Time check: Lyke-Brown completed her first New York City Marathon with a time of 4:04.16. Her fastest race came in 1982, when she crossed the finish line at 3:37.54. She finished the 2021 race in 6:39.53 — faster than New Yorker Dave Obelkevich, who holds the overall record for consecutive New York City Marathons at 44. Obelkevich, who ran the marathon in 2:50.18 in 1979, ran the 2021 version in 7:29.39.  Lyke-Brown has finished as high as third in her age group at the New York City Marathon, and she came in No. 7 at the 2021 event out of 27 women in the 75-79 age group. 

Stick to the plan: When it comes to preparing for a marathon, Lyke-Brown is all business. 

While she keeps up with running throughout the year, Lyke-Brown dedicates four months to training specifically for the marathon. Longer runs are saved for Saturdays. She keeps six- and eight-mile runs for Tuesdays and Thursdays. And the training includes six runs of at least 18 miles. “I find those six runs are important so you don’t crash during the (actual NYC marathon) run,” she says. 

The practice helps prevent the 'wall' anyone who has run before inevitably hits. 

She remembers cheating one year with the longer runs toward the end of the training plan, only making it to 14 miles. “It was torture. Everything hurt,” she says. “I never did that again. Never cheat on those long runs!”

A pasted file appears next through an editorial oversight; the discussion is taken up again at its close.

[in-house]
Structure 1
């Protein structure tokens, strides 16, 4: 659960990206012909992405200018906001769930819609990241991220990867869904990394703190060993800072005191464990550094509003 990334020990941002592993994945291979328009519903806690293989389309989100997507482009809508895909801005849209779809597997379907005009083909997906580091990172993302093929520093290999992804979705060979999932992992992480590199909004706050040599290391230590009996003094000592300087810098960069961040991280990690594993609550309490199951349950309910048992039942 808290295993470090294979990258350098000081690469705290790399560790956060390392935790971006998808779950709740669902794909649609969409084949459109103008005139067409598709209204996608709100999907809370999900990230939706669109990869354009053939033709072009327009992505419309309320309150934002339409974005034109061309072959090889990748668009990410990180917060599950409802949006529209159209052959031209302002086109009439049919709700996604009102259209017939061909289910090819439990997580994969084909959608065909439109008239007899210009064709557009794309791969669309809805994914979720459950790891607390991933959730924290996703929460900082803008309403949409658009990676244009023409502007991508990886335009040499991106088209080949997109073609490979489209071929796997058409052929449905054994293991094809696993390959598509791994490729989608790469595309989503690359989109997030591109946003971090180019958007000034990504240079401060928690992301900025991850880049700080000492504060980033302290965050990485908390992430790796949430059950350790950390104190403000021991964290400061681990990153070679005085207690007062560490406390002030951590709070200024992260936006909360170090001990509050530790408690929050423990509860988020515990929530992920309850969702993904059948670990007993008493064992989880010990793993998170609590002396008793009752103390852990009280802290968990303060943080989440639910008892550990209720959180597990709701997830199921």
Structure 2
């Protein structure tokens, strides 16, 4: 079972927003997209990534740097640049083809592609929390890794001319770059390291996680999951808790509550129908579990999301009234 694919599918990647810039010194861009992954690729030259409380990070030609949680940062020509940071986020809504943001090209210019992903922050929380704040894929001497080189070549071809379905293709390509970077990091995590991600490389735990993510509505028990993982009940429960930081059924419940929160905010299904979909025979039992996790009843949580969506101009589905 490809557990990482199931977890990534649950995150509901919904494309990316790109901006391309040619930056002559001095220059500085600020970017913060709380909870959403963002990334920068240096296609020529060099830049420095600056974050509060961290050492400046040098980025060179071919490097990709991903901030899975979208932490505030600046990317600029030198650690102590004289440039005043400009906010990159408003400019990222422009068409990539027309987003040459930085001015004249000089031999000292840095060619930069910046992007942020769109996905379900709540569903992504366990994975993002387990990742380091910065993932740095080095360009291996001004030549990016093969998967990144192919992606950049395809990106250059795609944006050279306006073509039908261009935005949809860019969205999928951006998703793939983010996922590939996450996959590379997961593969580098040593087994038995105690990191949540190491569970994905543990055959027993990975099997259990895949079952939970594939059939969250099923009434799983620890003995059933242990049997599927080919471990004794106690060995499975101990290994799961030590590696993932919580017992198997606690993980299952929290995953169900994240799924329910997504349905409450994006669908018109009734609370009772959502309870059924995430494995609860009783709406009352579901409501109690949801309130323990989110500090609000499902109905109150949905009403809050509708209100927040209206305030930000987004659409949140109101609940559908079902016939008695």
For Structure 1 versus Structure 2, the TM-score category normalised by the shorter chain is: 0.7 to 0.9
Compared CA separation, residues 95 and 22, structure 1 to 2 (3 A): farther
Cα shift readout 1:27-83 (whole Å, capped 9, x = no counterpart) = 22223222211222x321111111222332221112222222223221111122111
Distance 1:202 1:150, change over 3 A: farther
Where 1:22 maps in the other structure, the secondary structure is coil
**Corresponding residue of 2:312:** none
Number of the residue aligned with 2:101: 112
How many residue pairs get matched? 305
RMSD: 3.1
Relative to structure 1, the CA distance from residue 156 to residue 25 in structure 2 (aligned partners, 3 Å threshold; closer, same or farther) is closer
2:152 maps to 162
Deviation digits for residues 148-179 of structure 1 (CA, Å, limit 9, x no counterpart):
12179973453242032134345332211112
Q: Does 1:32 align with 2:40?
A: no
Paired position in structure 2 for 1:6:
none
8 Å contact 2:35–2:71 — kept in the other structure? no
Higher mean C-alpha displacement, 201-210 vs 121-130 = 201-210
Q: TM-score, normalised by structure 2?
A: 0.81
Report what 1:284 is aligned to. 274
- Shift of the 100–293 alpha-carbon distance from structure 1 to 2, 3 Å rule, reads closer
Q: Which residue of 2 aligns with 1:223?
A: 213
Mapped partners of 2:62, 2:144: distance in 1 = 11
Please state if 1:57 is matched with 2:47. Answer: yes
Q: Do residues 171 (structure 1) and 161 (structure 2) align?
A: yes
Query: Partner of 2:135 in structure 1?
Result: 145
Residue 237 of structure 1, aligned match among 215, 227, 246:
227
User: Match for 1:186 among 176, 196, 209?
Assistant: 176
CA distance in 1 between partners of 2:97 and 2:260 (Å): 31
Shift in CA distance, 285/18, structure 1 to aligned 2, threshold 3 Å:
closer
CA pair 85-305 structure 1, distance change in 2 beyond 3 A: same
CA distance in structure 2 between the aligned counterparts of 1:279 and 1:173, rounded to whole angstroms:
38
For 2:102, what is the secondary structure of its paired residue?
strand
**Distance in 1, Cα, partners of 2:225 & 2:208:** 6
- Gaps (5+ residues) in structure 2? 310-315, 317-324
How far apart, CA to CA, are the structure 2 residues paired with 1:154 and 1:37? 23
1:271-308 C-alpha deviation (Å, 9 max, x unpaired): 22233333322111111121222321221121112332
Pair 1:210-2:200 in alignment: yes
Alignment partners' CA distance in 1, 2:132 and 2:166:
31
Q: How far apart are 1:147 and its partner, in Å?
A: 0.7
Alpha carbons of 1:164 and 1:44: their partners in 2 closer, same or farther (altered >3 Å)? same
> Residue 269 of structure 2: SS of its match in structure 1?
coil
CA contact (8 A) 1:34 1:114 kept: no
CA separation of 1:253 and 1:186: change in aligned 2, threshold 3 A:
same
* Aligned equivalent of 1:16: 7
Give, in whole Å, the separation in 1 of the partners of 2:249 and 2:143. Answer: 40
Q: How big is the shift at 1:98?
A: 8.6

The best parts: When participating in these events, Lyke-Brown says it’s really wonderful to see the spectators. “I know how they feel because I remember how excited I was,” she says. 

But she really gets excited about the Achilles Track Club — the New York Road Runners. The club is dedicated to supporting athletes with disabilities. Lyke-Brown says it's incredible hearing about the challenges they overcome. The team participates in the New York Marathon. 

“On the course you get to see them and encourage them,” she says. “It makes you so grateful.”

Perhaps one of the most important aspects running has brought to Lyke-Brown is her husband. A friend of a friend, she met him on the track. And even though he prefers short-distance runs, he has run six marathons with her. 

Strong body, strong mind: Lyke-Brown has been incredibly lucky to not run into any injuries during the four months of training through the actual marathon event over all the years. She was diagnosed with cancer during an offseason one year — but her doctor allowed her to wait to start radiation until after the marathon. “I’ve been healthy,” she says. “I’m grateful for that.” 

As a 78-year-old, she thinks back to her first marathon she ran, at age 34. “At that point, you think ‘what’s old?’ she says. “Now that I’m here, I feel healthy and strong.” 

She’s run over 120 marathons in her career. As long as her body can handle what she’s doing, she says, and as long as she’s still feeling great at the end, she’ll continue. 

The 2023 New York City Marathon will be a significant milestone for Lyke-Brown. Not only is it scheduled for her birthday, Nov. 5, but it’s also her 80th birthday, which means she’ll officially be the youngest in that age group.  

“Maybe I’ll be the third in my age group,” Lyke-Brown says. “Who knows?”